Unconscious Bias Interventions for Business: An Initial Test of WAGES-Business (Workshop Activity for Gender Equity Simulation) and Google’s “re:Work” Trainings
Experiential learning may be more effective in training employees to recognize and address unconscious bias than less interactive anti-bias initiatives.
Unconscious bias, or thought processes involving automatic, unfair judgements of people based on their belonging to a social group, has been increasingly recognized as a problem in the workplace. Academics, consultants, and industry professionals have developed trainings to mitigate unconscious bias specific to business settings. However, few of these programs have been systematically evaluated, leaving their ultimate effectiveness in the workplace relatively unknown. Broader research on anti-bias trainings demonstrates that even well-intentioned initiatives can prove ineffective or even backfire.
Google's "Unconscious Bias @ Work" training, for example, is a publicly-available industry standard that has received only internal review. To identify effective anti-bias training practices, the authors sought to replicate and empirically evaluate Google's training compared against a newly-designed, interactive anti-bias initiative, WAGES-Business. Google's training format, like many widely use in business, consisted of a PowerPoint lecture presenting scientific findings on unconscious bias followed by a Q&A session. WAGES-Business, however, incorporated theory-grounded experiential learning methods (where participants learn by doing). WAGES-Business presented scenarios of unconscious gender bias in business in a game setting. Players progressed along a game board to reach the highest level of professional attainment before concluding the exercise with a facilitator-led discussion.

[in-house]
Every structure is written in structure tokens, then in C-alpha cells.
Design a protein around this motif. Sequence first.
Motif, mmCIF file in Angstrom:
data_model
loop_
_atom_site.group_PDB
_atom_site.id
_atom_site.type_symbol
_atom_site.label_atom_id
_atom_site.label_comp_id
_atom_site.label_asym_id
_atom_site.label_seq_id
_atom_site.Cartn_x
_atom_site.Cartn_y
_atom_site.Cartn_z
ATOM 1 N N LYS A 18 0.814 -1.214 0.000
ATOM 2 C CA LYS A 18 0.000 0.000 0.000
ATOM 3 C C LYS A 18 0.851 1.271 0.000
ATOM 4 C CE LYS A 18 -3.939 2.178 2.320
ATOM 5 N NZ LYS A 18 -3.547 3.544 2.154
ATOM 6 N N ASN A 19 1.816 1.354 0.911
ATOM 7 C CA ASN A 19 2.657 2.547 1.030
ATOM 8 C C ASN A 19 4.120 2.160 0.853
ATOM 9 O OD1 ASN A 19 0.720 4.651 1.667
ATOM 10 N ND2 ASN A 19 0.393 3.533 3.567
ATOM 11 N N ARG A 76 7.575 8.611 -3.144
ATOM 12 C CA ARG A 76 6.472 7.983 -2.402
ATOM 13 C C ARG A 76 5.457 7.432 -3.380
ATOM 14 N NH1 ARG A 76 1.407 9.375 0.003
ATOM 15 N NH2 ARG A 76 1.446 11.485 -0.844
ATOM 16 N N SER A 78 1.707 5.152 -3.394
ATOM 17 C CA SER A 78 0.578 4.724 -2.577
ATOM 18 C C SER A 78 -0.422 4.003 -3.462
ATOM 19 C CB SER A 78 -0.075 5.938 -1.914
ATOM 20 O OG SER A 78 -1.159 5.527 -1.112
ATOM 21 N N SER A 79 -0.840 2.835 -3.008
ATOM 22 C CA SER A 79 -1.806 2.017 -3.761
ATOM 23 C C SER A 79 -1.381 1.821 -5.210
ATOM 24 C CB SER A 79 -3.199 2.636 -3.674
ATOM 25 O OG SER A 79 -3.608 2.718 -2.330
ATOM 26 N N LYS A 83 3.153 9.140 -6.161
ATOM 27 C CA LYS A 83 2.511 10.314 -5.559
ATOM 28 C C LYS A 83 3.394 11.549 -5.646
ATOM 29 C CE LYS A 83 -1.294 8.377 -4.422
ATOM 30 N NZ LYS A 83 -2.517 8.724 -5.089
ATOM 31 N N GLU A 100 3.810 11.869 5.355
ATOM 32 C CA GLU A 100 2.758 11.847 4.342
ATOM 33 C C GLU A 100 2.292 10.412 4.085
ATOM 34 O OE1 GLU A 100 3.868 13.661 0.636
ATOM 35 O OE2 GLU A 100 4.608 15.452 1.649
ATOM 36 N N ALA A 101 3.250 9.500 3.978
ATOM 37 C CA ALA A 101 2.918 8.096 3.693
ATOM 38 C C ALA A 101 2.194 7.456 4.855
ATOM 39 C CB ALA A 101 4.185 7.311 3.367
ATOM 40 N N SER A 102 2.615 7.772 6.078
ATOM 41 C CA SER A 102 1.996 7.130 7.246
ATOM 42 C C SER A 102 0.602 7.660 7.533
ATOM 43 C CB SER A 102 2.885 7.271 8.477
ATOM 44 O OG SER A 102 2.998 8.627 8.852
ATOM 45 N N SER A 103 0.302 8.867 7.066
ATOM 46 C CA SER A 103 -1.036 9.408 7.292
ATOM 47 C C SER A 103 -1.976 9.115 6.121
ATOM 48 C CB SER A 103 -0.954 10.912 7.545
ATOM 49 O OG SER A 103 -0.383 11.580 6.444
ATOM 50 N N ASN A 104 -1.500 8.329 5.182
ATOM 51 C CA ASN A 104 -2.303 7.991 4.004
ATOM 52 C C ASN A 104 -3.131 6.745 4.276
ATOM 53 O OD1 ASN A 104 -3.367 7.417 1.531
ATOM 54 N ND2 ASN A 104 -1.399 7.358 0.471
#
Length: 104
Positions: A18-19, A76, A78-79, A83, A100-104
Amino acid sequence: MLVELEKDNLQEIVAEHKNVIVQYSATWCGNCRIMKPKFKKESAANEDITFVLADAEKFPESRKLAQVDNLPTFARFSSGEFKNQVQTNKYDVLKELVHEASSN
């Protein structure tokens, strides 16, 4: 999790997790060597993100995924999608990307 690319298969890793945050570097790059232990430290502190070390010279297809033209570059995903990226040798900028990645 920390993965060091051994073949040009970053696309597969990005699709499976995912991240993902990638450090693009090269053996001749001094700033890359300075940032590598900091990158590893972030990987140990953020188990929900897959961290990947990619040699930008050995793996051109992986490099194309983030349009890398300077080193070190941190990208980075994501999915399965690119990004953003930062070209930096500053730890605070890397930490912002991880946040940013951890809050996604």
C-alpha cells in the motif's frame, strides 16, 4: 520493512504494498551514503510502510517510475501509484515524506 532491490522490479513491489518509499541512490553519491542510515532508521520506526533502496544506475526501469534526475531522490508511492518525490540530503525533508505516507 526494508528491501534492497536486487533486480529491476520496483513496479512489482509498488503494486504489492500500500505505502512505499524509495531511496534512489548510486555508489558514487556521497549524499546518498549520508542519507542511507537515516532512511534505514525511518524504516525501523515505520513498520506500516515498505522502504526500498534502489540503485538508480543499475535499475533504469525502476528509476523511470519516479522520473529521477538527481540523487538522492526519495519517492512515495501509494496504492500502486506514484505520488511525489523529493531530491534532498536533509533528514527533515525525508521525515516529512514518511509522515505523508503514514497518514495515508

To compare the trainings' effectiveness, the authors randomly assigned participants to undergo either the Google training, the WAGES-Business training, or a control condition, and then followed up with surveys assessing the impact on the participants' acknowledgment of bias, knowledge of gender equity issues, willingness to discuss bias, willingness to confront bias, concern about bias, reactance (a resistant response to perceived threats to freedom of behavior), and self-efficacy (hopefulness about using the information provided).